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The Student News Site of Washington International School

International Dateline

The Student News Site of Washington International School

International Dateline

Ambitious Middle Schooler, Miss Congo Brazzaville, Puts Her Heart on Her Hand


Miss Congo Brazzaville 2017 is giving a voice to the U.S. Congolese community. She is a spokesperson for an organization that provides shoes, books and other supplies to the widows, orphans and Pygmy people of the Congo. She is also in 8th grade.

Clardav Goutou-Nkoli is reigning Miss. Congo Brazzaville and a student at Briggs Chaney Middle School. She is the brandperson for the charitable organization, Le Coeur Sur La Main. Most recently, she was a keynote speaker for the DC GIN conference at George Washington University. “I’ve gotten to this point by basically working hard and prioritizing by having a goal that I can work to achieve,” she said.

Goutou-Nkoli, as Miss Congo Brazzaville, gives a voice to both the Congolese-American community as well as those suffering strife and oppression in the Republic of the Congo. She never wanted to be Miss Congo Brazzaville because of what she looked like, but instead because of what she wanted to do to help those in need. She said, “I believe that beauty is not only on the outside but how you can help improve the world.”

When Goutou-Nkoli became Miss Congo Brazzaville she found an opportunity to join Le Coeur Sur La Main, an organization devoted to helping those who need it in the Congo. Le Coeur Sur La Main can be roughly translated to heart on your hand, an allegory for the empathy and action-based work the organization does, according to Clardav.  

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“I was introduced before I even ran to be Miss. I was told about the organization and I like their goals so when I ran for Miss I knew that if I were to win then that would be what I would be working on,” she said.

Le Coeur sur La Main donates furniture, books and other items to widows, orphans and Pygmy in the Congo. The Pygmy people, recognized by their short stature, have frequently been the victims of violence and oppression in the Congo. Goutou-Nkoli, however, believes that many of the issues Le Coeur sur la Main is fighting in the Congo stem from the government.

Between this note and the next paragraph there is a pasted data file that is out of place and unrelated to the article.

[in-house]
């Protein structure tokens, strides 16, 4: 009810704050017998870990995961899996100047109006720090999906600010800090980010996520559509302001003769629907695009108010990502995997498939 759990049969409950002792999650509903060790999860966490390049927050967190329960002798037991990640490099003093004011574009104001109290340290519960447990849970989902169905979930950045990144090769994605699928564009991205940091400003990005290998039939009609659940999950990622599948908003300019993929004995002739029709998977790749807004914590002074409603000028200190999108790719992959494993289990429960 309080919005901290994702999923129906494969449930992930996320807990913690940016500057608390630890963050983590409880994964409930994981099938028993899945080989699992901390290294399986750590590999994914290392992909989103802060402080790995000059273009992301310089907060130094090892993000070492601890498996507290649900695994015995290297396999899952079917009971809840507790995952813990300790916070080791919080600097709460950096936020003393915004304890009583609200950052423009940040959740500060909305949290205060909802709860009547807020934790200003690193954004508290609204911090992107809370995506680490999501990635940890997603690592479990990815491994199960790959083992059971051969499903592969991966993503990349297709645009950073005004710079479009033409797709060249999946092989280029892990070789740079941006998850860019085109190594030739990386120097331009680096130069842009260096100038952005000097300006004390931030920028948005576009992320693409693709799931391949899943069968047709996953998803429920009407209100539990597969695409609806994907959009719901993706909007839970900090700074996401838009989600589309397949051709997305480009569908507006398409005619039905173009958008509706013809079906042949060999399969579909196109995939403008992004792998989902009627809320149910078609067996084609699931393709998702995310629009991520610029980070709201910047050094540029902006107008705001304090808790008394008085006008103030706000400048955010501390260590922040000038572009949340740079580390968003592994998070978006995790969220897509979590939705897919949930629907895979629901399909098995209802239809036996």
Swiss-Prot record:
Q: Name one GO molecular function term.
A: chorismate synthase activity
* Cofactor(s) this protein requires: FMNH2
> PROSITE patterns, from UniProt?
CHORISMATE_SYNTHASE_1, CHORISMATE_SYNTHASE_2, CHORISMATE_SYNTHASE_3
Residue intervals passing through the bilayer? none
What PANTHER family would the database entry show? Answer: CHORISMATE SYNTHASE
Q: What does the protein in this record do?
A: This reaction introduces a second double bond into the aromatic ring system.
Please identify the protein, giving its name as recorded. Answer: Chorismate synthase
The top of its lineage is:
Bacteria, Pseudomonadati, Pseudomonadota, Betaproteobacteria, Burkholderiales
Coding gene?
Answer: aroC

“I think the biggest problem is that, in the country, the government really doesn’t try that hard to work with the people to understand their pain, what they’re going through.” She also discussed the status of the healthcare system in the Congo, saying that, “the lack of medical attention is also a big problem.”

However she also expresses hope for the future of the Republic of the Congo. She believes that if the Republic of the Congo would change how it is governed, many of the issues Le Coeur sur La Main are fighting would not be as common or as consequential.“I think that they could become more of a  democracy, more than just one person because the president of the Congo has been reigning for about 32 years, I believe, so I think that they need a change and a new set of ideas.”

She says her rolemodels are her mother and Oprah. Both inspired her to choose the direction she has chosen for her life. “People who inspire me, are my mom because she is really hardworking and she does a lot for me to, you know, succeed and also Oprah, she is very inspirational for me.”

She has a bright future ahead of her in activisim and academics. She also reflected on her dual role as an activist for many in the Republic of the Congo as well as a leader in the Congolese-American community. When asked where she saw herself in five to ten years, she said that, “I would see myself working with organizations still and I hope to be traveling back and forth between Congo and America.”

By Nicolas Greamo and Adam Rehman

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